The ride from Manali to Leh was as pleasant as receiving sticky stretchable body parts for an eighteenth birthday instead of the precisely requested digital camera.
For a month and a half before her eighteenth birthday one of my friends had explicitly entreated her parents for a digital camera. At soccer practice the day before her birthday she proclaimed to the twenty-two players and three coaches her delight at receiving a camera. The following day, we inquired after the camera model. She reported that her parents had given her colorful, stretchable body parts instead. A sticky orange hand, a blue foot, a yellow ear.
Conversely, the return drive from Leh to Manali was as effortless as passing my high school French final: the entire exam was in English. This is why, after three years of high school French, I know as much of the language as an English toad.
The bus to Manali was warm with triple-capacity bodies. Three passengers had been assigned the same seat. The driver seated foreigners in chairs and Indians in the aisle. The bus farted a lethal diesel cloud and jostled and jolted through the mountain roads as crooked as Quasimodo's back. Body heat radiated from the aisle as effectively as a radiator. My jacket, yak wool socks, knit beanie and fur-lined mittens were as beneficial as genital warts.
The bus arrived in Manali past one o'clock in the morning. This was as inconvenient as camel sex. Much of northern India ceases activity at ten at night.
Three Brits, a Dane, a Sweed and I located the sole taxi willing to drive us two kilometers up a hill as curveceous as Jennifer Lopez. Taxi Man demanded three hundred rupees. Three hundred rupees, about six US dollars, can purchase half a bicycle. It can also buy a bottle of rum and two hundred cigarettes. Naturally we refused and offered one hundred and fifty. He slurred, "Three hundred only."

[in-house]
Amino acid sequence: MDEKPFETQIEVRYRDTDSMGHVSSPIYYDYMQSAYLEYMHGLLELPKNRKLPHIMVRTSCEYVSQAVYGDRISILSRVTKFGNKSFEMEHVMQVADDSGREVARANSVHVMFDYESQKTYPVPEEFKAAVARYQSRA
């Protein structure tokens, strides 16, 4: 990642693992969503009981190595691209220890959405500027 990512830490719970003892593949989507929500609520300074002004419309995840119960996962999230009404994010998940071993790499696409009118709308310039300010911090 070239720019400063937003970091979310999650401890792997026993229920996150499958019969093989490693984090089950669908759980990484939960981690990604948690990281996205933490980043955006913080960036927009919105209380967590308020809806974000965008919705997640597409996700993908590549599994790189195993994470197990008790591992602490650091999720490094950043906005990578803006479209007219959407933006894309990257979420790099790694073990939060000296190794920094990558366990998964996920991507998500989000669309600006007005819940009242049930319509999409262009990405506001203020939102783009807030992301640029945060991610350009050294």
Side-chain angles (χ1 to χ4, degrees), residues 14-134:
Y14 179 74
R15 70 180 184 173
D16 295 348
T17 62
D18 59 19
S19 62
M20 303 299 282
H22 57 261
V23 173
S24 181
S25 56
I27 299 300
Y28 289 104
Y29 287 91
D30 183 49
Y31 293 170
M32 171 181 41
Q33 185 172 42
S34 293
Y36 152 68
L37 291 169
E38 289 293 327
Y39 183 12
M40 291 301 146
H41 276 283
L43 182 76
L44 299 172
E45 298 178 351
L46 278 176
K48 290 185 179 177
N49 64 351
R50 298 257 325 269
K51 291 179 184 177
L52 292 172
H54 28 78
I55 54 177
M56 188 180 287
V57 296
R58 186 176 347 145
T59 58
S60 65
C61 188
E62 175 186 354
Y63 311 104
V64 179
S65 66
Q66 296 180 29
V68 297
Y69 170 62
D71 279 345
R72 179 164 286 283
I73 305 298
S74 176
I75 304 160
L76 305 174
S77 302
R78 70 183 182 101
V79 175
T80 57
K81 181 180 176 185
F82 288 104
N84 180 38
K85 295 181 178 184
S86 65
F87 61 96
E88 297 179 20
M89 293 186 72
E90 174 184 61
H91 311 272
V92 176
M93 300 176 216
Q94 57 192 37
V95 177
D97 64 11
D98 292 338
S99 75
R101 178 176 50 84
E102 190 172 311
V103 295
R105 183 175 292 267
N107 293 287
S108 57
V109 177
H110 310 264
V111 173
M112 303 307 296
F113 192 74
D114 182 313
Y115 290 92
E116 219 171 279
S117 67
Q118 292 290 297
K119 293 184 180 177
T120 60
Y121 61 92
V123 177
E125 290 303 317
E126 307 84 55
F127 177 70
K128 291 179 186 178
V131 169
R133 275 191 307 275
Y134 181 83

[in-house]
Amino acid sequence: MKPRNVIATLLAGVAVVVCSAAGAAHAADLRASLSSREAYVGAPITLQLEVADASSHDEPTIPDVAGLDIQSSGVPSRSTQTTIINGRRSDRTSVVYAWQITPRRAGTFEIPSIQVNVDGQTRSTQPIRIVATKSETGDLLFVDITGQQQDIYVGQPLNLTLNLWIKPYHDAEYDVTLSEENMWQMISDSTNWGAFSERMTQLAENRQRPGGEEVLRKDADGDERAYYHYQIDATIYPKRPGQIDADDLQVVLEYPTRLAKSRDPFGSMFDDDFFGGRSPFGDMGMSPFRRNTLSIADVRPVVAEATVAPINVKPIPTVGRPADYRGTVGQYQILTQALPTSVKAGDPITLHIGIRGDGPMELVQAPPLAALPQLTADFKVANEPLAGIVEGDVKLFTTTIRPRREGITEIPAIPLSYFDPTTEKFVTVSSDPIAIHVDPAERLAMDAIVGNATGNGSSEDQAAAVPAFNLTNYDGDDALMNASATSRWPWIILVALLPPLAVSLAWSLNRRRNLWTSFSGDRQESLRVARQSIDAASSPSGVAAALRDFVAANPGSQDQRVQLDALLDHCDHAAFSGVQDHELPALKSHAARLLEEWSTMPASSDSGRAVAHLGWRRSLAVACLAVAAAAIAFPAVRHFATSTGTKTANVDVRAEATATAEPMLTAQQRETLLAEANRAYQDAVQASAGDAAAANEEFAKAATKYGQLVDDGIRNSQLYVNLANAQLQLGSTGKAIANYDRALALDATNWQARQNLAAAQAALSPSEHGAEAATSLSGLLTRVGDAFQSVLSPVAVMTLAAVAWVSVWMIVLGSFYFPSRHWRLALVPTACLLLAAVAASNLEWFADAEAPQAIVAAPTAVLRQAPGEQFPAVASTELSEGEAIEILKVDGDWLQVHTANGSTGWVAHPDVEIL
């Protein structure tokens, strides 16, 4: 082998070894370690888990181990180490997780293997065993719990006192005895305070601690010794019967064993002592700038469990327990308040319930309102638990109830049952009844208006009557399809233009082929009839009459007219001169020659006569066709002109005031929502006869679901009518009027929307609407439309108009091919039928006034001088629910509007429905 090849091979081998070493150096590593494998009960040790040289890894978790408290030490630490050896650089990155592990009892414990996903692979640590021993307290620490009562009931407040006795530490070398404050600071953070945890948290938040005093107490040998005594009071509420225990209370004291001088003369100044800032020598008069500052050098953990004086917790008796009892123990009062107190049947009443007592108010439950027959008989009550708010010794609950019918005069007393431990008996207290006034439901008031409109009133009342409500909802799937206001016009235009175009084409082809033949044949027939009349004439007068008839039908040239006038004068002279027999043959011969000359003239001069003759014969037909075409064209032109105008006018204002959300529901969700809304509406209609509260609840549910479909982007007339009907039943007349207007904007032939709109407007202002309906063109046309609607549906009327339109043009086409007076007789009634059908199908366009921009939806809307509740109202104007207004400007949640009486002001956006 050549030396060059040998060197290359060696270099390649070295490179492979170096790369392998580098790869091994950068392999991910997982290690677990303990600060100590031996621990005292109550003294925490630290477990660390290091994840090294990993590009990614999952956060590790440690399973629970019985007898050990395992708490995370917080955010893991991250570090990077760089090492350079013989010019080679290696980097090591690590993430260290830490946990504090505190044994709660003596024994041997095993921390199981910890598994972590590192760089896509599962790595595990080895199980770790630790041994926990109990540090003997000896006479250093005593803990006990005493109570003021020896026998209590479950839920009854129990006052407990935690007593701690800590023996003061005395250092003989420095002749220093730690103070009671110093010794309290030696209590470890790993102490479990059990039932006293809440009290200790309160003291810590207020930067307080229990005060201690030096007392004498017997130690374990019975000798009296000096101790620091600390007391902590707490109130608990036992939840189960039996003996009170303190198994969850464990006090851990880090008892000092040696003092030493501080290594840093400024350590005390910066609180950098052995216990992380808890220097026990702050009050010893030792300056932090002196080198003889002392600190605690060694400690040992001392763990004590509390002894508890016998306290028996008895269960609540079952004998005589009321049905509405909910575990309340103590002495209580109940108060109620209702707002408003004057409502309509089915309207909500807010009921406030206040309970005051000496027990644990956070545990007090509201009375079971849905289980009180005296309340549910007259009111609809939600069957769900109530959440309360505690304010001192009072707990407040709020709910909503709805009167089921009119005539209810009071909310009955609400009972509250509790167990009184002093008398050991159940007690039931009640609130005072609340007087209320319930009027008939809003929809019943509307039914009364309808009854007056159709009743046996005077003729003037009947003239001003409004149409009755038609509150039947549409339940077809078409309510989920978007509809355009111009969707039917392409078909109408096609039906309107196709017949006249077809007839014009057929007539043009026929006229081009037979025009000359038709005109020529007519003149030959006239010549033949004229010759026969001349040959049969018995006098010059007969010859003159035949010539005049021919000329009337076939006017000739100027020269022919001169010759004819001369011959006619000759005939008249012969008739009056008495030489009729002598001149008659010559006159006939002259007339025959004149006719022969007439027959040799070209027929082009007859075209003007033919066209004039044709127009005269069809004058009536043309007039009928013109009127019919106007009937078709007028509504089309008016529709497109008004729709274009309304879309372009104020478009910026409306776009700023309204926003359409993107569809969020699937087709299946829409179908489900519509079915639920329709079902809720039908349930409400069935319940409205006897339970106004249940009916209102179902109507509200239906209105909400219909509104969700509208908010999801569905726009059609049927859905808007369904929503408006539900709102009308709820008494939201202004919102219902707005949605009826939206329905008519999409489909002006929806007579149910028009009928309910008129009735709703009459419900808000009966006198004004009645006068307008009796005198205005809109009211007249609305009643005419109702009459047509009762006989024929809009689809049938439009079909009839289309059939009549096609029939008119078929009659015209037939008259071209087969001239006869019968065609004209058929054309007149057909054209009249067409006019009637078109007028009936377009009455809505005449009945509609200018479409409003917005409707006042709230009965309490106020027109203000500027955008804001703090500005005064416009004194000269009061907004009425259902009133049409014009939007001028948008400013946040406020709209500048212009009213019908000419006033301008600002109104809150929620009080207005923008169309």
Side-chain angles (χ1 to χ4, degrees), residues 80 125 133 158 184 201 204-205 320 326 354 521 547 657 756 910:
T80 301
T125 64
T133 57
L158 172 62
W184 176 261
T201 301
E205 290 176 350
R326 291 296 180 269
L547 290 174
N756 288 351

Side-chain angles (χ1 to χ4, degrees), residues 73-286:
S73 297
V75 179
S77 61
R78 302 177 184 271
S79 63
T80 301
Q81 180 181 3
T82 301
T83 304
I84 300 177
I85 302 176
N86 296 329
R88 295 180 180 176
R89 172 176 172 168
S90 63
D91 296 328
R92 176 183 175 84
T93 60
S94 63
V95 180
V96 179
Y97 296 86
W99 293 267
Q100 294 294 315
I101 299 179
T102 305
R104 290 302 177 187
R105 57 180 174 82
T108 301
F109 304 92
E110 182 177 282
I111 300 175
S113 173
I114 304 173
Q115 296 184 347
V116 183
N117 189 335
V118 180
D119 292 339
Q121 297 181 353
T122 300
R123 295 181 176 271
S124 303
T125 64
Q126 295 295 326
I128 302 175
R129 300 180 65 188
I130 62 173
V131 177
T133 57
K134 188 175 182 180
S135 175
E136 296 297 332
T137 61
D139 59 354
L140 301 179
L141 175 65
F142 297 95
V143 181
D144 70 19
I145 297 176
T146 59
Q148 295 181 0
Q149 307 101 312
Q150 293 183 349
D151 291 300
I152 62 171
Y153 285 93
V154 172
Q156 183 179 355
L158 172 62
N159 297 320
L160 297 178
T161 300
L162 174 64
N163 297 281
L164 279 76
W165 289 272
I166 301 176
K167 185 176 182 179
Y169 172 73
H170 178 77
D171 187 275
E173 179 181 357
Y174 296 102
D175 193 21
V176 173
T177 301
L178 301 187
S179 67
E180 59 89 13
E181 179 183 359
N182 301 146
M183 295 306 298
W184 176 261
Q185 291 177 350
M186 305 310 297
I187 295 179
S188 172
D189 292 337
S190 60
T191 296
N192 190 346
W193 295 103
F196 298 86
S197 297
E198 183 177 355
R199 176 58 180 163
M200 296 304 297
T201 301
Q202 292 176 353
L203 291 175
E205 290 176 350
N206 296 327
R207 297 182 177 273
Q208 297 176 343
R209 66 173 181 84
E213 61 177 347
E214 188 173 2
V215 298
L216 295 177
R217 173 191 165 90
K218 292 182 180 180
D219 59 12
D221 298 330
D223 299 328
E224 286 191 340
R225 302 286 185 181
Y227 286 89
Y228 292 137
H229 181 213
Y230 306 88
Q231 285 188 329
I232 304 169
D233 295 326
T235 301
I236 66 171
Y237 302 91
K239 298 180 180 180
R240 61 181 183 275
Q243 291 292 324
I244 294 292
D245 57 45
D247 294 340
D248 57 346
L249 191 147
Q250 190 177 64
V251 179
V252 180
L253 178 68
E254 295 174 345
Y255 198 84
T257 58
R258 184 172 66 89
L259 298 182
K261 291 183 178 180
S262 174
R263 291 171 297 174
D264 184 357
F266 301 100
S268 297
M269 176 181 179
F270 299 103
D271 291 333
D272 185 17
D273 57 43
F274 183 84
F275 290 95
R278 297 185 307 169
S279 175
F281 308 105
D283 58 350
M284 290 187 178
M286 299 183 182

Laden with backpacker's packs, backpacks and guitars, we shuffled away with the speed of a bear in two sets of handcuffs. This usually results in the driver/shop salesperson/hotel receptionist ambling after and dropping the price. Taxi Man rotated his bloodshot eyes and continued conversation with a circus of Indian men.
We looked back as hopeful as Bambi, realized three hundred was his price, and conceded.
We bulldozed bags onto the roof, and the two guitars and six foreigners jostled into the jeep. I had harnessed the waist strap around the roof rack but knew my pack was as secure as a closet homosexual.
We corraled in the car for seven minutes before Taxi Man finished holding his male friend's hand and climbed in with the pace of a drunk snail. Before he reversed, a policeman stopped Taxi Man and questioned him. They shrieked at each other. I felt like I witnessed a bar fight.
When we questioned the officer if there was a problem, our driver turned around and said, "Friend, friend." They seemed as close to friendship as Paris Hilton and the Pope. Taxi Man's initial reluctance at driving had evidently altered to die-hard determination.
As Policeman probed him, Dale Earnhardt accelerated away towards anything that could kill us. We narrowly circumvented collisions with a metal pole, fifteen hundred trees, a house, three stores, and a metal fence. As we hurled around a hook in the road, my pack kangaroo-bounced from the roof and whacked the window. Five accented voices roared for the driver to stop, that a bag had fallen from the roof. I laughed. Dale Earnhardt hastened forward. Upon my assurances that the bag was bound, the foreign screams ceased echoing. Dale spittingly screeched that we were bad foreigners and shouldn't yell. He removed his hands from the wheel to masturbate his forehead.
We should have known that he was drunk.